Broken Brain
Non-Fiction

Netflix buys “My Beautiful Broken Brain”

The SVOD service has acquired Lotje Sodderland and Sophie Robinson's documentary, with David Lynch attached as exec producer.
February 8, 2016

SVOD service Netflix has acquired Lotje Sodderland and Sophie Robinson’s acclaimed documentary My Beautiful Broken Brain.

Executive produced by director David Lynch, the 86-minute film, a selection at IDFA in 2014, details Sodderland’s personal voyage as she undergoes rehabilitation and recovery after suffering a life-changing hemorrhagic stroke, in which blood pours into the brain creating swelling while damaging cells and tissue.

Following the stroke, Sodderland wakes to find herself bereft of language and logic. The feature film, in turn, examines the consequences of a first-time neurological experiment for the 34-year-old filmmaker through to the revelations stemming from her altered sensory perception.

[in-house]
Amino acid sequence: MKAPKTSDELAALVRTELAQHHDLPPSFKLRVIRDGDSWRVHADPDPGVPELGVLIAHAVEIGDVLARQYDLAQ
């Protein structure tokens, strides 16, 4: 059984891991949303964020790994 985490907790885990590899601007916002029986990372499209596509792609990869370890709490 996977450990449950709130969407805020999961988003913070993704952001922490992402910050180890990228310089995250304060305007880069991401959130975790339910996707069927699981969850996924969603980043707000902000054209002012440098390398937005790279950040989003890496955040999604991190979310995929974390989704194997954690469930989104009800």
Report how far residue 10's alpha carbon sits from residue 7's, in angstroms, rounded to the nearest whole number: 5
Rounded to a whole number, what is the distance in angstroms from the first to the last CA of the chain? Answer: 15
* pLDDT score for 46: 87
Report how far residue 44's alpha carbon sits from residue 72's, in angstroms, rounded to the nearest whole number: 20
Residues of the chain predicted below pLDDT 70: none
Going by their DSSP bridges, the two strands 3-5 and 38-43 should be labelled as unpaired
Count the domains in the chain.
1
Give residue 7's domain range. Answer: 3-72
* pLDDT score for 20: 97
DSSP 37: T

Michael Houldey, alongside Lynch, serves as executive producer on the film. In addition to its IDFA showing, the film also was featured as part of Sheffield Doc/Fest’s Ideas & Science strand in 2015.

Lynch said in a statement that the depth that the film goes to as it explores such intensely personal subject matter will resonate most with viewers. “The brain is truly fascinating and much in the way that our brains are able to achieve total coherence,” he said.

The film is the latest in the SVOD’s documentary roster following such successes as Making a Murderer, Virunga and The Chef’s Table, as well as the Oscar-nominated films What Happened Miss Simone? and Winter on Fire: Ukraine’s Fight for Freedom.

My Beautiful Broken Brain will premiere globally across the streaming giant on March 18.

Story courtesy of Realscreen

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